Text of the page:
Astro Lecture 16 The Sun [Chapter 10 in the Essential Cosmic Perspective] Astro 110-01 Lecture 16 The Sun [Chapter 10 in the Essential Cosmic Perspective] Habbal Lecture 16 1 For problems with Mastering Astronomy Contact: Jessica Elbern Jessica.Elbern@Pearson.com 808-372-6897

More information

The Sun. We know the most about the sun. How does the sun produce energy? Inside the sun Models of the solar interior. We can see surface details.

The Sun. We know the most about the sun. How does the sun produce energy? Inside the sun Models of the solar interior. We can see surface details. The Sun We know the most about the sun We can see surface details. Other stars are points of light. Magnetic fields, wind, flares How does the sun produce energy? Inside the sun Models of the solar interior

More information

Astronomy 100 Exam 2

Astronomy 100 Exam 2 1 Prof. Mo Exam Version A Astronomy 100 Exam 2 INSTRUCTIONS: Write your name and ID number on BOTH this sheet and the computer grading form. Use a #2 Pencil on the computer grading form. Be careful to

More information

MODULE P7: FURTHER PHYSICS OBSERVING THE UNIVERSE OVERVIEW

MODULE P7: FURTHER PHYSICS OBSERVING THE UNIVERSE OVERVIEW OVERVIEW More than ever before, Physics in the Twenty First Century has become an example of international cooperation, particularly in the areas of astronomy and cosmology. Astronomers work in a number

More information

WHERE DID ALL THE ELEMENTS COME FROM??

WHERE DID ALL THE ELEMENTS COME FROM?? WHERE DID ALL THE ELEMENTS COME FROM?? In the very beginning, both space and time were created in the Big Bang. It happened 13.7 billion years ago. Afterwards, the universe was a very hot, expanding soup

More information

LIGHT AND ELECTROMAGNETIC RADIATION

LIGHT AND ELECTROMAGNETIC RADIATION LIGHT AND ELECTROMAGNETIC RADIATION Light is a Wave Light is a wave motion of radiation energy in space. We can characterize a wave by three numbers: - wavelength - frequency - speed Shown here is precisely

More information

The Sun and Solar Energy

The Sun and Solar Energy I The Sun and Solar Energy One of the most important forces behind global change on Earth is over 90 million miles distant from the planet. The Sun is the ultimate, original source of the energy that drives

More information

Astro 102 Practice Test 3

Astro 102 Practice Test 3 Class: Date: Astro 102 Practice Test 3 Multiple Choice Identify the choice that best completes the statement or answers the question. 1. Interstellar gas clouds may collapse to form stars if they a. have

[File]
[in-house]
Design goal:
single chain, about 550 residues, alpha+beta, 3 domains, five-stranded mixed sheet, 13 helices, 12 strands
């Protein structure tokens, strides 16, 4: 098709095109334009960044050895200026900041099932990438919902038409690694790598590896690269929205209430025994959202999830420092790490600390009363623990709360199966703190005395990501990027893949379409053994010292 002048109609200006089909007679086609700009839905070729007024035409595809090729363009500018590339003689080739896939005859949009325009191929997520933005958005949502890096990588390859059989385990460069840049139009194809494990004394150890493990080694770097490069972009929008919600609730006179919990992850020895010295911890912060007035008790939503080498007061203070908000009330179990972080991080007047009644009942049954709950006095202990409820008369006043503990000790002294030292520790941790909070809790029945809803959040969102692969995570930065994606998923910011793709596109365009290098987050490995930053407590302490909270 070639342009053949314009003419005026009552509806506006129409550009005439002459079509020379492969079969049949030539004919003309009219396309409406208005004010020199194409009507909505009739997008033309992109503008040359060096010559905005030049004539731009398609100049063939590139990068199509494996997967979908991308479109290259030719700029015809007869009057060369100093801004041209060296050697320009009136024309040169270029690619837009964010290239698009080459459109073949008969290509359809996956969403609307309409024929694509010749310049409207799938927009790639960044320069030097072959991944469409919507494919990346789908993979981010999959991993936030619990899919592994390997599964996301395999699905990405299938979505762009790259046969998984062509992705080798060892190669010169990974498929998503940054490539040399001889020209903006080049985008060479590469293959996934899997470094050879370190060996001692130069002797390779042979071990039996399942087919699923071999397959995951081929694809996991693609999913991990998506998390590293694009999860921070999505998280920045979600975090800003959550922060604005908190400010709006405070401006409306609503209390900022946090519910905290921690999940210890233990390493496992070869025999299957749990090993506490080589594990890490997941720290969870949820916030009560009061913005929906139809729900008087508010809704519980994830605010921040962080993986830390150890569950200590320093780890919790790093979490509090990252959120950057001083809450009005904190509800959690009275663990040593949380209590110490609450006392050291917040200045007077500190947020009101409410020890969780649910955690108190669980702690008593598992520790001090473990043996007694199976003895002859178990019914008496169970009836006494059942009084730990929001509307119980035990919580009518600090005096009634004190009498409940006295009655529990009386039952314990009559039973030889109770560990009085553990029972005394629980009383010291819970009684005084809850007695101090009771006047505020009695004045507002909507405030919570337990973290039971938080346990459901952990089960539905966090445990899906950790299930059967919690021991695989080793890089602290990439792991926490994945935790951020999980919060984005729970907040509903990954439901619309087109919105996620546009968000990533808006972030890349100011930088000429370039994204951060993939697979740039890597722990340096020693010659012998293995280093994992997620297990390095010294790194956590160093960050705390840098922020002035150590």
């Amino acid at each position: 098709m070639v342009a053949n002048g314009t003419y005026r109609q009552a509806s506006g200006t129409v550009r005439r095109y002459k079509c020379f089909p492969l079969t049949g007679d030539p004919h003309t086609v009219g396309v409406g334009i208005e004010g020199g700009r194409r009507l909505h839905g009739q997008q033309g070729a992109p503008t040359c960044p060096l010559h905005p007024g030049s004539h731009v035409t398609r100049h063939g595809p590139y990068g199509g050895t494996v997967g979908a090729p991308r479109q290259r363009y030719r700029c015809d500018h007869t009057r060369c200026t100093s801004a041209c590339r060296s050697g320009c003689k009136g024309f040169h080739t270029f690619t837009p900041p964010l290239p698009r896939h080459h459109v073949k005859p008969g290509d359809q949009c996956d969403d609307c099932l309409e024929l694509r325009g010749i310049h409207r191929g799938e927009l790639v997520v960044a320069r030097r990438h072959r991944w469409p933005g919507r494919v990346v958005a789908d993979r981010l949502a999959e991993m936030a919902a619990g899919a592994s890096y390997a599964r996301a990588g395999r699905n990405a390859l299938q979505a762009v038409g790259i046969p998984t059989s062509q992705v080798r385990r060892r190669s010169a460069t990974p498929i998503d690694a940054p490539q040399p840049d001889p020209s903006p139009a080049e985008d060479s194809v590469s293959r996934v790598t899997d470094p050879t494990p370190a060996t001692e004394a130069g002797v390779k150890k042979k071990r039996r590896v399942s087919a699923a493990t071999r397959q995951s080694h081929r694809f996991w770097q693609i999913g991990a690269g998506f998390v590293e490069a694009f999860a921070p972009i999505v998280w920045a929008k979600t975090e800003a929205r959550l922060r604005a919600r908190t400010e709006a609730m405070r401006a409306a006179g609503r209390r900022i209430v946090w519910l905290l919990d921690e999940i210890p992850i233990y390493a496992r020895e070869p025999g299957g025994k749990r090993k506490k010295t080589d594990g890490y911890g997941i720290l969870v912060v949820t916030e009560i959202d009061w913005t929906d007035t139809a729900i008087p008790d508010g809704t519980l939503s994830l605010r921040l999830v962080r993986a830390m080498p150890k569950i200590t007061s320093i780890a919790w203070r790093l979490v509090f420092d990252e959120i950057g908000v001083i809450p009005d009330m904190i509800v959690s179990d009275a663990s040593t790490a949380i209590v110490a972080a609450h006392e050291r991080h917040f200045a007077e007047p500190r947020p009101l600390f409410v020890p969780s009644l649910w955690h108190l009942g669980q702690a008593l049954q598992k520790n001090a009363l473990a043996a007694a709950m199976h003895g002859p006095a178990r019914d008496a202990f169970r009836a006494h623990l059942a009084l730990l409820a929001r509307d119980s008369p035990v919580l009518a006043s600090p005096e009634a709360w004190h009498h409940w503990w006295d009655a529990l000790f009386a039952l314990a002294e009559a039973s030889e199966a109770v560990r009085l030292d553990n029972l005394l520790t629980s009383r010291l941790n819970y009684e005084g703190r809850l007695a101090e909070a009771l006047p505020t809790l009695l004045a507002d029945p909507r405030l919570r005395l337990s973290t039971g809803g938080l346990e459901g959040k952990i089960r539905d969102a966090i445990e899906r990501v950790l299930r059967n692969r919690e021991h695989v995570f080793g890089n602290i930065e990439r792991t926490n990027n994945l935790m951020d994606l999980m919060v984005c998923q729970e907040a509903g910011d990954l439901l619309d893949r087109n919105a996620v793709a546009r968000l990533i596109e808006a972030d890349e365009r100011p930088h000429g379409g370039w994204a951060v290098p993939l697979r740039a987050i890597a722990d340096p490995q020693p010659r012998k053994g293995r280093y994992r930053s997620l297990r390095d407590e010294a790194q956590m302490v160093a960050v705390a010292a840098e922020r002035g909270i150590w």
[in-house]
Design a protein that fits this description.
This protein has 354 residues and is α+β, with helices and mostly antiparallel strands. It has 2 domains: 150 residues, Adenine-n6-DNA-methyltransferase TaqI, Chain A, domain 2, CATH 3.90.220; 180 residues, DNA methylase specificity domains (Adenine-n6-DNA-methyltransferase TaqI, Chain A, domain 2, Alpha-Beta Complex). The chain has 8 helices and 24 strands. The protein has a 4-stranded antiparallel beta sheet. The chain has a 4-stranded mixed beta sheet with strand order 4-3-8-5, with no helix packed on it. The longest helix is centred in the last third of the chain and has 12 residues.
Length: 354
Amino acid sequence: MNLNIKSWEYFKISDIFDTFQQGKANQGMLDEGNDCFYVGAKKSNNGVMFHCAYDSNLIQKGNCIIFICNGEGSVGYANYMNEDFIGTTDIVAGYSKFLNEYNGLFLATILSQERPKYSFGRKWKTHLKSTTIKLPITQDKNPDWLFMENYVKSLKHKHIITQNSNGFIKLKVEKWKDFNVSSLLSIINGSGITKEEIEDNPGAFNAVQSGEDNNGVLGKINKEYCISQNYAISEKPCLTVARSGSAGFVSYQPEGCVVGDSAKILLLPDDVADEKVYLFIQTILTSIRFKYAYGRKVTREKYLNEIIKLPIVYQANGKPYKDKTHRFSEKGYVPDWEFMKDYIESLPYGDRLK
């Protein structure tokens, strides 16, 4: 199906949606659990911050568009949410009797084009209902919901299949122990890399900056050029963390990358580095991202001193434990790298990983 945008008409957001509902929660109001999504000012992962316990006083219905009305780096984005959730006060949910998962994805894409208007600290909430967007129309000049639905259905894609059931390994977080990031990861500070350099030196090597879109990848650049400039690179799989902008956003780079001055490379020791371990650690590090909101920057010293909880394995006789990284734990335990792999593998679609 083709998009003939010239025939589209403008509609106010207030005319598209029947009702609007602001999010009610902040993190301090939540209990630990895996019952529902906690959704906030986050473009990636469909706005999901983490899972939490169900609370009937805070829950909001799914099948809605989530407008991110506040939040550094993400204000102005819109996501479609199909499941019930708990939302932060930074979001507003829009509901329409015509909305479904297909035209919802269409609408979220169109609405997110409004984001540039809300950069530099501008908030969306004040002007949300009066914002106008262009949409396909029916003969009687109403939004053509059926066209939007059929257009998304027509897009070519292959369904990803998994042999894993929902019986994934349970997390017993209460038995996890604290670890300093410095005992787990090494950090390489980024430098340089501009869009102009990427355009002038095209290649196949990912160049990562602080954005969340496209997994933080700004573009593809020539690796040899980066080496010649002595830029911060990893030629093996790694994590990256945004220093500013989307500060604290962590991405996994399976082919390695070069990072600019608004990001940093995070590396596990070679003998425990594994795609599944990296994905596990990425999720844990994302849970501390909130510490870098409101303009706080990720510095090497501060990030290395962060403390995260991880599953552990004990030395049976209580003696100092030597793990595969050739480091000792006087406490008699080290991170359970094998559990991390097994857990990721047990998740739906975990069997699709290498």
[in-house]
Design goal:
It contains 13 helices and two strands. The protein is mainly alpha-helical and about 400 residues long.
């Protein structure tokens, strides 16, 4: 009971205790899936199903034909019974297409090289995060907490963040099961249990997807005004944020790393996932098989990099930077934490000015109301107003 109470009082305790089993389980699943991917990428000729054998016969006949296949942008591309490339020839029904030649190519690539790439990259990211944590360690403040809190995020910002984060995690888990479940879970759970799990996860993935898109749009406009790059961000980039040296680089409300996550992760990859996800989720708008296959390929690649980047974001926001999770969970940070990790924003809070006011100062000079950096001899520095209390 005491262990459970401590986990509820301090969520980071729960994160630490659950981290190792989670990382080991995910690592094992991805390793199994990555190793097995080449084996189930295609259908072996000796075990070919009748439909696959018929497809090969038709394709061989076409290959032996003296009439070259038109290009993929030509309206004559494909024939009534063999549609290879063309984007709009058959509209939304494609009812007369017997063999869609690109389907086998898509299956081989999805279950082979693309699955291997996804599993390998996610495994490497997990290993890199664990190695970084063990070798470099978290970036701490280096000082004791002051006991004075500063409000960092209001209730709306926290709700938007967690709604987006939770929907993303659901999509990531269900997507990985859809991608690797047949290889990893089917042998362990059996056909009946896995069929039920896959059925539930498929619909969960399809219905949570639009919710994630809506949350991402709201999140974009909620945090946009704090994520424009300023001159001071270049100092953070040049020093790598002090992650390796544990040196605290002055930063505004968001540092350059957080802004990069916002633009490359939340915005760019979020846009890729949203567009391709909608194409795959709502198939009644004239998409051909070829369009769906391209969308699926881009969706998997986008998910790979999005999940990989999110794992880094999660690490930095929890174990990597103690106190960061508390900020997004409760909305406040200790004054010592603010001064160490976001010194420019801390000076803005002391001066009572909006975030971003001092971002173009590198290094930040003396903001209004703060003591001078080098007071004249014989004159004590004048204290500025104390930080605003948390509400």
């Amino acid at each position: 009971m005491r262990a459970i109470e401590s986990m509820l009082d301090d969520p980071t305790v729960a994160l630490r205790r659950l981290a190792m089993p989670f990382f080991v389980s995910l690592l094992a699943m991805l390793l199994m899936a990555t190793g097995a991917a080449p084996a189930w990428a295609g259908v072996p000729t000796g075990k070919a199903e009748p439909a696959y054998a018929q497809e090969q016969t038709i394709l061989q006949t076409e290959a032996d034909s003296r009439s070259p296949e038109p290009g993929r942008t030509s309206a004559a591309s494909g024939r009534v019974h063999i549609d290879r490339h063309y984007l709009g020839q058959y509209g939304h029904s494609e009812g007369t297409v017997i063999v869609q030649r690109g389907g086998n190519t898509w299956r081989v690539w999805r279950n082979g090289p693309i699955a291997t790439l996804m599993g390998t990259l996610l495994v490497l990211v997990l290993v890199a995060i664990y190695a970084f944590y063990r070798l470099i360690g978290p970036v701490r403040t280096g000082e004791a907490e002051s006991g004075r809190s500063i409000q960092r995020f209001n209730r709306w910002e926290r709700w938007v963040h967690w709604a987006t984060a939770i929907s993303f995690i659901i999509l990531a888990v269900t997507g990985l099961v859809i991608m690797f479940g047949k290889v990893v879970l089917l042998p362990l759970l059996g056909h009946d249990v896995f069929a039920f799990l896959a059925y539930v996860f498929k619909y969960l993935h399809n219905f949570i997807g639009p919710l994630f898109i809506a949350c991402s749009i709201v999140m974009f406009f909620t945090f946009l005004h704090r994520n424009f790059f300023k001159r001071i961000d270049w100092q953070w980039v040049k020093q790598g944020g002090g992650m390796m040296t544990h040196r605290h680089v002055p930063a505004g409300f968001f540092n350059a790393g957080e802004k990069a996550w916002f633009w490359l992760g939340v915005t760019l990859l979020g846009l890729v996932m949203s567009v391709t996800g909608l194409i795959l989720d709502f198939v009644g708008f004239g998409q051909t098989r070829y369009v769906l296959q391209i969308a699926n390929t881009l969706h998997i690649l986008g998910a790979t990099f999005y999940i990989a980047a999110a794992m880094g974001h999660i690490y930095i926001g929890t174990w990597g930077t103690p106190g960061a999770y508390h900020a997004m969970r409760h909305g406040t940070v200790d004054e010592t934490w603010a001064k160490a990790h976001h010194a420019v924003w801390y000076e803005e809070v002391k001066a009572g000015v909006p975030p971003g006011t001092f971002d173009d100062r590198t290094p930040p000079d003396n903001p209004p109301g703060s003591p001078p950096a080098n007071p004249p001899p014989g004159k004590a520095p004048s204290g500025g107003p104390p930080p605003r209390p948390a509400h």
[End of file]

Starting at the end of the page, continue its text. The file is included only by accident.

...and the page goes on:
More information

Four Centuries of Discovery. Visions of the Universe. torms. on thes. supplemental materials

Four Centuries of Discovery. Visions of the Universe. torms. on thes. supplemental materials Visions of the Universe ~ Four Centuries of Discovery S torms on thes un supplemental materials Storms on the Sun Table of Contents - Exhibit Overview... 3 Science Background... 4 Science Misconceptions...

More information

Arrange the following forms of radiation from shortest wavelength to longest. optical gamma ray infrared x-ray ultraviolet radio

Arrange the following forms of radiation from shortest wavelength to longest. optical gamma ray infrared x-ray ultraviolet radio Arrange the following forms of radiation from shortest wavelength to longest. optical gamma ray infrared x-ray ultraviolet radio Which of the wavelength regions can completely penetrate the Earth s atmosphere?

More information

Spectra in the Lab ATOMS AND PHOTONS

Spectra in the Lab ATOMS AND PHOTONS Spectra in the Lab Every chemical element has a unique ``signature'' which can be revealed by analyzing the light it gives off. This is done by spreading the light out into a rainbow of color. It may seem

More information

4.5 Orbits, Tides, and the Acceleration of Gravity

4.5 Orbits, Tides, and the Acceleration of Gravity 4.5 Orbits, Tides, and the Acceleration of Gravity Our goals for learning: How do gravity and energy together allow us to understand orbits? How does gravity cause tides? Why do all objects fall at the

More information

A given Nucleus has the following particles Total number of nucleons : atomic mass number, A Proton number: atomic number, Z Neutron number: N = A Z

A given Nucleus has the following particles Total number of nucleons : atomic mass number, A Proton number: atomic number, Z Neutron number: N = A Z Chapter 30 Nuclear Physics and Radioactivity Units of Chapter 30 Structure and Properties of the Nucleus Binding Energy and Nuclear Forces Radioactivity Alpha Decay Beta Decay Gamma Decay Conservation

More information

The Sun s Source of Energy. E= m c 2 AND STARS!

The Sun s Source of Energy. E= m c 2 AND STARS! The Sun s Source of Energy E= m c 2 AND STARS! Announcements q Homework # 5 starts on Thursday, Nov 3 th. It is due on Tue, Nov 15 th q Exam # 2 will take place on Tuesday, November 8 th : q Please remember

More information

CHAPTER 9: STARS AND GALAXIES

CHAPTER 9: STARS AND GALAXIES CHAPTER 9: STARS AND GALAXIES Characteristics of the Sun 1. The Sun is located about 150 million kilometres from the Earth. 2. The Sun is made up of hot gases, mostly hydrogen and helium. 3. The size of

More information

Solar Energy Production

Solar Energy Production Solar Energy Production We re now ready to address the very important question: What makes the Sun shine? Why is this such an important topic in astronomy? As humans, we see in the visible part of the

More information

The parts of a nuclear fission reactor

The parts of a nuclear fission reactor P2 6.1a Student practical sheet The parts of a nuclear fission reactor Making uranium-235 split and produce energy is actually remarkably easy. The trick is to make it do so in a controllable way. Aim

More information

TEACHER BACKGROUND INFORMATION THERMAL ENERGY

TEACHER BACKGROUND INFORMATION THERMAL ENERGY TEACHER BACKGROUND INFORMATION THERMAL ENERGY In general, when an object performs work on another object, it does not transfer all of its energy to that object. Some of the energy is lost as heat due to